The cyclical crossing of the Sun through the galactic plane may be the responsible factor for periodical comet showers that may have devastating consequences for life on Earth, as when a catastrophic impact caused the extinction of the dinosaurs.
The Oort cloud (The New Solar System - 3rd edition)
Sedna (at the end of the green arrow), with a diameter between 1250 and 1800 km, is probably the most distant object ever discovered in the Solar System. Its orbit extends between 11.400 million km from the Sun and almost 130.000 million km (nearly 0,013 light-years) from it. Itís thought that it has been affected by some kind of gravitational perturbation, because itís placed in an empty region between the Kuiper Belt and the Oort Cloud.
The comets are objects that preserve most of the primordial characteristics of the bodies that gave birth to the solar system, although they have been altered by occasional collisions with other members of the Oort cloud, by the cosmic rays radiation (proceeding from the Big Bang) and by the heat caused by the encounters with close stars.
The nucleus of the comet Halley, releasing material (MPAE)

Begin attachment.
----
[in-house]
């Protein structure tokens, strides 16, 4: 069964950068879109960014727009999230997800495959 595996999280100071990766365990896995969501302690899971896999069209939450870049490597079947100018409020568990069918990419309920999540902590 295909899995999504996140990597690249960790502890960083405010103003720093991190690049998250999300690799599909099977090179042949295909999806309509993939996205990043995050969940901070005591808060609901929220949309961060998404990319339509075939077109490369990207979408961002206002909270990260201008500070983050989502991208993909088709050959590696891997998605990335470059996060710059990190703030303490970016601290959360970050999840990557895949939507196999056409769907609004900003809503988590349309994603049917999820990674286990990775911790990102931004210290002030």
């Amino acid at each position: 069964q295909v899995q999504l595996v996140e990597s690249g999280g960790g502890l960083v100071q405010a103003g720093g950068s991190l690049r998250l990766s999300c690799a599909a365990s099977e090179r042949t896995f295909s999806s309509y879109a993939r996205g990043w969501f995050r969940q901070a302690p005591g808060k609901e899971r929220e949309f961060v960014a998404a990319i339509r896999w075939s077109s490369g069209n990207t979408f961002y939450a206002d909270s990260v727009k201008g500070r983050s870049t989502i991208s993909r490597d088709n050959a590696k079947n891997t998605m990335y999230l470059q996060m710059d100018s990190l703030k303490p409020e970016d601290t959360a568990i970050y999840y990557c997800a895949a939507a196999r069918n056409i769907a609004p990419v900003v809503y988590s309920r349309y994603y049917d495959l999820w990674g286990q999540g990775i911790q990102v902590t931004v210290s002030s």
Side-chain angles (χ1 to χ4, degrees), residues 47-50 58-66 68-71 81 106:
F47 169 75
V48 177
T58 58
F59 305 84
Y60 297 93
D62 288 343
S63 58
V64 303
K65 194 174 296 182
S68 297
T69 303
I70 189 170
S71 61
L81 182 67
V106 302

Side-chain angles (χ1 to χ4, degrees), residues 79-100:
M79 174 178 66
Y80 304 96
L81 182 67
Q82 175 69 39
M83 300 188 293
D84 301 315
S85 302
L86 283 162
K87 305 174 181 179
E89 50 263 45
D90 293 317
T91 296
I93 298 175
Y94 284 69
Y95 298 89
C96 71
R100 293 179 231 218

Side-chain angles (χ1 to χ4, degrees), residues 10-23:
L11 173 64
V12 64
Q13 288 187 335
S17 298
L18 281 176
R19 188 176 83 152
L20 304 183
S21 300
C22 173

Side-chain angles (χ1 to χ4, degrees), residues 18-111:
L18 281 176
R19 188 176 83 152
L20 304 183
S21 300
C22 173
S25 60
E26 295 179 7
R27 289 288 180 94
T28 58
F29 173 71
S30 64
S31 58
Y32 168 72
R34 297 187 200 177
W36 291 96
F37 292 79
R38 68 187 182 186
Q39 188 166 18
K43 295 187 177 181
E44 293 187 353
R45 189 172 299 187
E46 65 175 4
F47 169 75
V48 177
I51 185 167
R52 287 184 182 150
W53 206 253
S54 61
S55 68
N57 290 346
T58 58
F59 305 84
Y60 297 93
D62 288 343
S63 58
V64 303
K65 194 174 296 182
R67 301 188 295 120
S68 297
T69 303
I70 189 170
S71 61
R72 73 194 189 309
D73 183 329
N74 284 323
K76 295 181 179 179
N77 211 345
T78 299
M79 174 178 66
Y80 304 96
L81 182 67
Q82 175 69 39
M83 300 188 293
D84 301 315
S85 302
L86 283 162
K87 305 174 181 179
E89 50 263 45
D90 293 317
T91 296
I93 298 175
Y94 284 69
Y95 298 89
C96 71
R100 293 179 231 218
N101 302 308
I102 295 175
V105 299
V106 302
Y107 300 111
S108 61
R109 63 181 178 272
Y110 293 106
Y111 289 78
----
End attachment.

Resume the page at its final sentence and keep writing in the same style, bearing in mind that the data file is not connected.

They are mainly formed by frozen composites of hydrogen, carbon, oxygen and nitrogen. When a comet approaches the Sun for the first time, their most volatile elements begin to sublimate when it still stands beyond the orbit of Jupiter.
In further passages, after the total sublimation of these elements, the evolving cloud (coma) forms only when it reaches a distance of 450 million km from the Sol (against the more than 700 million km where Jupiter is placed).
Coma and Hydrogen Cloud
The coma starts then to be composed essentially by water ice and dust. A hydrogen cloud with much higher dimensions surrounds the coma. This is not originated in the cometary nucleus (the sublimation doesnít explain the high velocity of the gas inside the hydrogen cloud), but is rather the result of the dissociation of the hidroxyl (OH) by the solar light.
At a distance slightly higher than 200 million km from the Sun, occurs the formation of clouds that may reach tens of millions of kilometres long.
The dust expelled from the comet is stimulated by the solar radiation and is thrown toward the direction opposite to the Sun. This phenomenon, along with the curvature of the trajectory of the comet (nucleus), generates the characteristic arched tails.
On the other hand, the gas is ionized by the magnetic field of the Sun (converted into a mixture of free electrons and positively charged ions) and interacts with the solar wind that distributes it along a plasma tail, distinct of the arched tail.
The comet West: below Ė plasma tail (electrically charged particles), above Ė dust tail (John Laborde)
The Death of a Comet
At the end of several passages through the internal solar system, the volatile materials of the comets are exhausted, being the latter converted into inactive objects.